Camp Brothers & Camp Sisters

There is no doubt about it; we all have someone we look up to in life. And as we grow older, whether we know it or not, someone looks up to us.  In the Camp Starlight world, this idea goes hand in hand with Camp Brothers/Sisters.

During the first few days of camp, everyone gets a Camp sibling, in regard to their respective campuses. Camp sibling activities are popular throughout the summer, and range from Brother/sister lunches, campfires, afternoons at the waterfront, and even a few evening activities.

Younger, first time campers are given a “Big Brother/Sister”, some are even lucky enough to have two! The excitement amongst the youngest campers is buzzing from the moment they find out they are about to receive their Camp Brothers or Sisters.

They know they will have an older, experienced camper to look up to and go to for advice. They feel comfort in having someone from upper camp that has been in their shoes, cheering them on and supporting them during their “Camp Firsts.”

Once children get a little older, some will be middle brother/sisters, meaning they have a younger and an older sibling. This is a time when they get the joy of having an older sibling to look up to, but also get to be a role model for their younger sibling. They get the best of both worlds, supporting younger campers, and getting support from their older sibling.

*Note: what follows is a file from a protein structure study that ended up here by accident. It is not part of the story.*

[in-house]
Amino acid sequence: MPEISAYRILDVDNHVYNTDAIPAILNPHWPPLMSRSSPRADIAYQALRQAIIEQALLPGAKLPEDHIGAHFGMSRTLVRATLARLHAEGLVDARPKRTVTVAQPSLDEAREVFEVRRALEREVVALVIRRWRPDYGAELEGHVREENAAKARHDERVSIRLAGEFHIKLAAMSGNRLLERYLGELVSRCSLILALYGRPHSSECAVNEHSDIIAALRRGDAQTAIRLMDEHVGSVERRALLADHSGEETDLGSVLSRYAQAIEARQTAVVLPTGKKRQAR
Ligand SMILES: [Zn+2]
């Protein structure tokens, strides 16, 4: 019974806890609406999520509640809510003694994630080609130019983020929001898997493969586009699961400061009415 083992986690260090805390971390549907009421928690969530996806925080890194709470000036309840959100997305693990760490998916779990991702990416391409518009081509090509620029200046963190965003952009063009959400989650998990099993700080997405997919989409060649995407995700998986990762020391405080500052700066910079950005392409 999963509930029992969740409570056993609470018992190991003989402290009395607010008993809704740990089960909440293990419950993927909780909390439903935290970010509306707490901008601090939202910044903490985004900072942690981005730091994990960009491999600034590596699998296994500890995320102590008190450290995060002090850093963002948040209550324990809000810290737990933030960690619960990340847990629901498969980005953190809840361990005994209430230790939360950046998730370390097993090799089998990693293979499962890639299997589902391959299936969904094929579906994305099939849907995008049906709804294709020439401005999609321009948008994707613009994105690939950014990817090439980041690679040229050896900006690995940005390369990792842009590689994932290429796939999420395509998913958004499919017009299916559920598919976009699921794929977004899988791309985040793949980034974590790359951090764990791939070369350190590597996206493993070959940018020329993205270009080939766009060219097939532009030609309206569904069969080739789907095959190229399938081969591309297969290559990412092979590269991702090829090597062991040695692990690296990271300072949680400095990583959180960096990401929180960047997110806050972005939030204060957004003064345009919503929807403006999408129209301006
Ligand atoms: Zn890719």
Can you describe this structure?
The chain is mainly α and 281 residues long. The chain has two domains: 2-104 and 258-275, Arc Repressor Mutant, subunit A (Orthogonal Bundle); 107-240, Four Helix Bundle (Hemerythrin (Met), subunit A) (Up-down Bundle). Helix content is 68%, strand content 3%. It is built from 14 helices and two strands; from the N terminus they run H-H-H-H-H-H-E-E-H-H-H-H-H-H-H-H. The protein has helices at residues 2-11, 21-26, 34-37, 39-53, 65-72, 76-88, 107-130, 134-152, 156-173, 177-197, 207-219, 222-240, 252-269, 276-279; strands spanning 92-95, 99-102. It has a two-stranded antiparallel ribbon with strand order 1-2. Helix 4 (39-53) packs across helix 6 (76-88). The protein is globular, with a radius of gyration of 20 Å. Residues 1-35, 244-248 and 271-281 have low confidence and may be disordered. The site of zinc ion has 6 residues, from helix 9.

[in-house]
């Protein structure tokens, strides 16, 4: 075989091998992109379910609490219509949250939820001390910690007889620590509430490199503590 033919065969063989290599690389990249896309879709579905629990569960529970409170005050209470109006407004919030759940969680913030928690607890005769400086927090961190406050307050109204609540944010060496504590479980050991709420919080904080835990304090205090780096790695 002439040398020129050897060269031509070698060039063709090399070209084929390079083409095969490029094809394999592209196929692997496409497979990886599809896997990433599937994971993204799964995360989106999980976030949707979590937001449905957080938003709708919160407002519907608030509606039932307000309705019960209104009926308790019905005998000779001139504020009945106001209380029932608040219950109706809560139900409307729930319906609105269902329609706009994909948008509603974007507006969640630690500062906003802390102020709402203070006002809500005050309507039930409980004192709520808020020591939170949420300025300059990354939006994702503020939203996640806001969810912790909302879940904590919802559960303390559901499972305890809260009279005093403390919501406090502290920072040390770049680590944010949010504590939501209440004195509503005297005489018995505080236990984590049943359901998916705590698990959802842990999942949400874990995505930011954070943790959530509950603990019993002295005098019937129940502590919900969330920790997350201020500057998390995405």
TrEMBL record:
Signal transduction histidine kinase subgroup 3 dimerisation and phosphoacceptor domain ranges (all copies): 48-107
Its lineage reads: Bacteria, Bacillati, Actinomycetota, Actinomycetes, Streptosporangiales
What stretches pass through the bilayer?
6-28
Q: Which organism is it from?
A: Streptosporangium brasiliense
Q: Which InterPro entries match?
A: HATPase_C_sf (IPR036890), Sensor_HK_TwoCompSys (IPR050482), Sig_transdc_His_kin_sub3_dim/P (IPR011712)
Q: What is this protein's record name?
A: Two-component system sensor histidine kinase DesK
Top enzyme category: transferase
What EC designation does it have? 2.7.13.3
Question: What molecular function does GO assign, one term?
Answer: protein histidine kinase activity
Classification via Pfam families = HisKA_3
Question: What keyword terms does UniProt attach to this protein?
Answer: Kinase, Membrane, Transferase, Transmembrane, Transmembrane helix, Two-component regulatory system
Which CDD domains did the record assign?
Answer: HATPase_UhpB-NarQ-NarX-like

Finally, the oldest campers at Starlight are given younger siblings. After years of looking up to their “Big brother/sister” they are finally the ones who everyone else looks up to. It’s time for these campers to mature, and become role models for the younger campers. They also feel a bit of responsibility and knowledge on how to comfort their younger brother/sister when they are trying something new at camp, because they have been there themselves.

Camp Brothers and Sisters relationships last much longer than just one summer. Every summer you’ll hear campers talking about their previous camp siblings, still exchanging hugs and smiles as they pass one another.  The relationships these children make with one another is unlike any other role model, and have the ability to last a lifetime.

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